Microsoft's AI Copilot, expanded lung cancer screening, global AI safety declaration, and EU's ad restrictions on Meta
Today ChatGPT read 1287 top news stories. After removing previously covered events, there are 4 articles with a significance score over 7.
[7.4] Microsoft introduces AI assistant Copilot to Microsoft 365 suite for $30/month. — Financial Times [$]
Microsoft has integrated its generative AI assistant, Copilot, into the enterprise version of Microsoft 365, potentially revolutionizing work for approximately 150 million users. However, the substantial additional cost of $30 per user per month raises questions about widespread adoption and the readiness of businesses to invest significantly in this technology.
[7.2] More former smokers are now eligible for lung cancer screening under new guidelines. — Reuters
The American Cancer Society has updated its lung cancer screening guidelines, now recommending annual tests for individuals aged 50 to 80 with a history of heavy or long-term smoking, regardless of how long it has been since they quit smoking. This change expands the previous age range for screening from 55-74 years and reduces the required pack-years from 30 to 20 (for example, a pack a day for 20 years or two packs a day for 10 years), potentially affecting nearly five million U.S. smokers and former smokers. The organization emphasizes that the risk of lung cancer in former smokers remains significantly higher than in never-smokers, even decades after quitting, challenging the traditional belief that the risk drops to low levels 15 years post-smoking.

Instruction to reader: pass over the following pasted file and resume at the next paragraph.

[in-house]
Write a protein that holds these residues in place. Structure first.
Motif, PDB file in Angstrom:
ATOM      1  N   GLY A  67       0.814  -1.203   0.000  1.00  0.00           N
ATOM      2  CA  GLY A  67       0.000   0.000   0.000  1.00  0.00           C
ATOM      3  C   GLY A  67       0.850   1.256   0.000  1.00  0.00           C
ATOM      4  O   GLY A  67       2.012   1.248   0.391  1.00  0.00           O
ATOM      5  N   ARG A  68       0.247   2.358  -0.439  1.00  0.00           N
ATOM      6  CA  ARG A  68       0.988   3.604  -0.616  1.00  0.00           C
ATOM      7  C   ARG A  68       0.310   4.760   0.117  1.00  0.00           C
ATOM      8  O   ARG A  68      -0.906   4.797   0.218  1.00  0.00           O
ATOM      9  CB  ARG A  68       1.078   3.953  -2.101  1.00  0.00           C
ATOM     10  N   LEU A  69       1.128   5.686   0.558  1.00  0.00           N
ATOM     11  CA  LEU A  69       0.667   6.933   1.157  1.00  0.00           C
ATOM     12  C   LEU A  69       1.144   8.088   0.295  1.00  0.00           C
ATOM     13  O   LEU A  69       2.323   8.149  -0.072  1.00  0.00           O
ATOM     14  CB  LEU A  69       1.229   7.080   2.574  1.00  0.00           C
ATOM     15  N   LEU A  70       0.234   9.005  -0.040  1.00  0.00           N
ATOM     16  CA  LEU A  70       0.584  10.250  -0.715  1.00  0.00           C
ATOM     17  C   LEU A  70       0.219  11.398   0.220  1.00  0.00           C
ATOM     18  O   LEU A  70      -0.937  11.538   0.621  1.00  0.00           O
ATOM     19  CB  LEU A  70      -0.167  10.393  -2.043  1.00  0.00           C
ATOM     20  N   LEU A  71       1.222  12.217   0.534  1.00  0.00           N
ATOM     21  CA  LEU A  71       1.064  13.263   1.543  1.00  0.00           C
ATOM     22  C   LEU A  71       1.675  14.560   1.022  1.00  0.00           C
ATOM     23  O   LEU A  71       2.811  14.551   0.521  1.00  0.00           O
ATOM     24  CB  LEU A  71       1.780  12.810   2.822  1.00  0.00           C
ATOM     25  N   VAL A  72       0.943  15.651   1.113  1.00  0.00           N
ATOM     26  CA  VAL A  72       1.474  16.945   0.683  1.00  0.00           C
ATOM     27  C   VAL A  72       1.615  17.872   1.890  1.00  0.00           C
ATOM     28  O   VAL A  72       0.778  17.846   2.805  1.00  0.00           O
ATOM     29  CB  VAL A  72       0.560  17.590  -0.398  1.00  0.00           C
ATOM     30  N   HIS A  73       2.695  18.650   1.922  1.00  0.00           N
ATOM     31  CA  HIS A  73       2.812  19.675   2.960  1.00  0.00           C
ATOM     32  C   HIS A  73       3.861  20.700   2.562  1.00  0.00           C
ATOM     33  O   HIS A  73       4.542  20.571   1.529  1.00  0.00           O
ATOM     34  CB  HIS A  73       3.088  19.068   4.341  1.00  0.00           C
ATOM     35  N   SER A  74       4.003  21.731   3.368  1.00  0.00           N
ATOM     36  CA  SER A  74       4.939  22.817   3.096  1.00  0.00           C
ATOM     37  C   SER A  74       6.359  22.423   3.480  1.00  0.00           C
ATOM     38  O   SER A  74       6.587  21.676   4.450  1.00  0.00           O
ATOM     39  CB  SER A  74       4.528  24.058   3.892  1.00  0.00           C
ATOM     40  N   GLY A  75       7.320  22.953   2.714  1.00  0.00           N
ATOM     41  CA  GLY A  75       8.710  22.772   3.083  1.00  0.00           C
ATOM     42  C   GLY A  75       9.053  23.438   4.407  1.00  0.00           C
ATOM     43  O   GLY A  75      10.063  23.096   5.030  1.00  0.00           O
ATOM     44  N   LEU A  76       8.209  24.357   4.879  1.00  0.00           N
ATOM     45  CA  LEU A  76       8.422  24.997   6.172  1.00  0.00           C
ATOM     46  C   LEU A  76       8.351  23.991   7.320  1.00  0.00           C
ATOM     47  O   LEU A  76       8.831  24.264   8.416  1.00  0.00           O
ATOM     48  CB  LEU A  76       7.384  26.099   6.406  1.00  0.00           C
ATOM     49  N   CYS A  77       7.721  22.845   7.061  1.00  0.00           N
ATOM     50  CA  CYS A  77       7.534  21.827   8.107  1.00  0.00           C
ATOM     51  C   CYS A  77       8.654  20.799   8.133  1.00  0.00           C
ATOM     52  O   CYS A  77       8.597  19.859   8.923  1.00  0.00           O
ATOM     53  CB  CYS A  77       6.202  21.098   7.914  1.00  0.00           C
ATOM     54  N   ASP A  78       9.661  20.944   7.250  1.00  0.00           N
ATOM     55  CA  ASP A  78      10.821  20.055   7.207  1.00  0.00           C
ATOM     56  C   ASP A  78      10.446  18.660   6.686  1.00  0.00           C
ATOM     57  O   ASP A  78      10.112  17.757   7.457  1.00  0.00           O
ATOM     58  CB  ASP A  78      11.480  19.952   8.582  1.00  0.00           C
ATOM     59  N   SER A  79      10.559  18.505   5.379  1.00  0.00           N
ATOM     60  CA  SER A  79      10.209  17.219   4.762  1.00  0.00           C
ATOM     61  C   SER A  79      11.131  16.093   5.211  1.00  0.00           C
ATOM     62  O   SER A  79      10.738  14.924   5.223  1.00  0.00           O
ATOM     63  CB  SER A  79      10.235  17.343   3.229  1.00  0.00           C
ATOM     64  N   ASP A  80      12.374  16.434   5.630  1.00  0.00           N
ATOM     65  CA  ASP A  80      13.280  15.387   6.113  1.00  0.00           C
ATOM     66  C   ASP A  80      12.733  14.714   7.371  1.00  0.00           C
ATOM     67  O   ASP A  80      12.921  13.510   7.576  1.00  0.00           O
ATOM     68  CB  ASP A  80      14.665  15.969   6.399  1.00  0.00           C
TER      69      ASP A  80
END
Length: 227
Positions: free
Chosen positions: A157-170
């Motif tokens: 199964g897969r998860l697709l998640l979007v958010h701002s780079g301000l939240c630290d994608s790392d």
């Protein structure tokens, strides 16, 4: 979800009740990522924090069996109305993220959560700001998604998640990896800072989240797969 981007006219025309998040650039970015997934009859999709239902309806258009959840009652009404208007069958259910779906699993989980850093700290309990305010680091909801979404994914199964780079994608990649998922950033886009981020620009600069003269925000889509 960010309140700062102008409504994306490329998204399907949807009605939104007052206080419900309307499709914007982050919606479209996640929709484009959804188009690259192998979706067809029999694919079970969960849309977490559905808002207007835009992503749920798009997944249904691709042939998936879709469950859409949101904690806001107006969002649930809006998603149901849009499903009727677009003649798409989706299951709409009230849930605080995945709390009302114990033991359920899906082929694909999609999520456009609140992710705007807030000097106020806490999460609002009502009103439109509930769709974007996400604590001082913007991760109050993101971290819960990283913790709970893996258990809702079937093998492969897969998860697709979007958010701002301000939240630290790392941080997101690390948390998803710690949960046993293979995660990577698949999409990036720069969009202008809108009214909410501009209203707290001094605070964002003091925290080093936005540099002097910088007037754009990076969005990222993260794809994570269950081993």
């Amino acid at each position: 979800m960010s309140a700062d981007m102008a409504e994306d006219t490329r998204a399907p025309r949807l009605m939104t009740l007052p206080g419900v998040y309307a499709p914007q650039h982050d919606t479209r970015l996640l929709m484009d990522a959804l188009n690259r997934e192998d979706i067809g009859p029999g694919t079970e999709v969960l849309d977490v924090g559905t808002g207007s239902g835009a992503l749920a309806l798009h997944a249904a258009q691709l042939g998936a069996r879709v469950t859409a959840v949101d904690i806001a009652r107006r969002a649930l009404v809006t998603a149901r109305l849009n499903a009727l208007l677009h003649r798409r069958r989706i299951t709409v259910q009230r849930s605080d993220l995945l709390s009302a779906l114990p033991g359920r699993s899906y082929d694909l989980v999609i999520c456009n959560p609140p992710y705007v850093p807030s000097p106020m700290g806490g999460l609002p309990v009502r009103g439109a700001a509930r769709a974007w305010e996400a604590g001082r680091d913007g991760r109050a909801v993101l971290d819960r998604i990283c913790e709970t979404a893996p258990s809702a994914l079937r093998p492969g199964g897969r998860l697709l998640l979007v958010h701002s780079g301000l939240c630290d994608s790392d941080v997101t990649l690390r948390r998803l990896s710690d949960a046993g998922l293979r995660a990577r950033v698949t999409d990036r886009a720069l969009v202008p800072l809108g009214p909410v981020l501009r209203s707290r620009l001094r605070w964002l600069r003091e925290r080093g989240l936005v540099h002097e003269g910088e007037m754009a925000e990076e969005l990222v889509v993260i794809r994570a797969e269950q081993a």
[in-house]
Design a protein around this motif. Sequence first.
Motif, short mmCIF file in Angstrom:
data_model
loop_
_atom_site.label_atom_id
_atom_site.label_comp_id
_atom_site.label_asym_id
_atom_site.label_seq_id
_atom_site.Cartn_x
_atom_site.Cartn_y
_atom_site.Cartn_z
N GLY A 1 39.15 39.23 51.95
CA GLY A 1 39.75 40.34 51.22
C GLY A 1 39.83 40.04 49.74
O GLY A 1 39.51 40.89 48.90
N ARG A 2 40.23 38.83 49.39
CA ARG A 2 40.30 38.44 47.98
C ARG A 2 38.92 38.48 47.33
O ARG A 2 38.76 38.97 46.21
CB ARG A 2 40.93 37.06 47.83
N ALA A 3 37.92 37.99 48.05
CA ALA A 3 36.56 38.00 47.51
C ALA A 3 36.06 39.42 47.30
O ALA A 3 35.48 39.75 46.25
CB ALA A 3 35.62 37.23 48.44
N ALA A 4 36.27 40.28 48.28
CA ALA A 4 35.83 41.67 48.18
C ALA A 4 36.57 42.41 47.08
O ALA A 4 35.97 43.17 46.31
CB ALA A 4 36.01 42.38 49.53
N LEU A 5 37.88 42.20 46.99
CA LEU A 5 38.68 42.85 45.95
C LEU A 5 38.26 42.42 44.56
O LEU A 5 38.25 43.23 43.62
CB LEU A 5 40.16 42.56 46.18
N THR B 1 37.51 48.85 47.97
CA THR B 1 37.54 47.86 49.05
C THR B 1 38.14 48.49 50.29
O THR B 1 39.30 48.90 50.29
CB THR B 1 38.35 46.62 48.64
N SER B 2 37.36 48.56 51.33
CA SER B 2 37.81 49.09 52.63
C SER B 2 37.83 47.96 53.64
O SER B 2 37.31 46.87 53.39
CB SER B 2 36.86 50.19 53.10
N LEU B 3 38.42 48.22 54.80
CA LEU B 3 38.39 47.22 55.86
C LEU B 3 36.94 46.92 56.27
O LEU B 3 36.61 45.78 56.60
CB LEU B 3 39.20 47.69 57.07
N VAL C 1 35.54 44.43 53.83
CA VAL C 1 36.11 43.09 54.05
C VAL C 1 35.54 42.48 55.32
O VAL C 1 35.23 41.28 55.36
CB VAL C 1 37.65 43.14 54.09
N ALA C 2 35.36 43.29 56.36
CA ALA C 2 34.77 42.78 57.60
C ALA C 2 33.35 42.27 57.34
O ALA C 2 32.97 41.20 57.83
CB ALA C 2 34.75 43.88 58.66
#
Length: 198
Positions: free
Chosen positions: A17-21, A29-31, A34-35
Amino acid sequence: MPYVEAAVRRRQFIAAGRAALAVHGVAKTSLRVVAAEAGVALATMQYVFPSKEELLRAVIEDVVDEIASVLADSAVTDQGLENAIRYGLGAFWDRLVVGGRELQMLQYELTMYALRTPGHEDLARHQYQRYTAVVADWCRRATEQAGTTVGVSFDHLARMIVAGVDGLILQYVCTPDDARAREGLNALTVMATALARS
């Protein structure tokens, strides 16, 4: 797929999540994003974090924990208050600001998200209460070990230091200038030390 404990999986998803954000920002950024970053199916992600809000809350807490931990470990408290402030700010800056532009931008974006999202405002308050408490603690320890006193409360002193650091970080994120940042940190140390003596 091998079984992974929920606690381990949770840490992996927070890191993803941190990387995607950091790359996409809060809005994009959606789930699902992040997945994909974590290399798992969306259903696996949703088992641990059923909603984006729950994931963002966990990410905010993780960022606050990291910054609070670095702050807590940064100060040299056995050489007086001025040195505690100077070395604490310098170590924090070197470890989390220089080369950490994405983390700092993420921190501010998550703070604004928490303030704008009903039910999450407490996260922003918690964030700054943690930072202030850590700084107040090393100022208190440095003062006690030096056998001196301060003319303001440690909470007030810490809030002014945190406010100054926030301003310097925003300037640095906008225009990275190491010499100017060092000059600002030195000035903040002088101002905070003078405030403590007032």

[7.1] UK, US, EU and China sign declaration of AI’s ‘catastrophic’ danger. — The Guardian
The Bletchley declaration, a commitment to address the potentially catastrophic risks of artificial intelligence, was signed by 28 governments including major players like the UK, US, EU, Australia, and China during an AI safety summit. While all parties agreed on the need for collaborative AI safety research, underlying competition between the US and UK on leading new AI regulations was evident, and the summit did not conclude with a unified decision to establish a UK-based testing hub for AI models.
[7.0] European Data Protection Board extends ban on Facebook advertising practices. — Reuters
The European Data Protection Board has extended Norway's ban on "behavioural advertising" on Facebook and Instagram to cover all 30 countries in the European Union and the European Economic Area. Meta Platforms, the owner of the social media services, could face fines of up to 4% of its global turnover if it fails to comply with the ban. The decision affects approximately 250 million Facebook and Instagram users in Europe.
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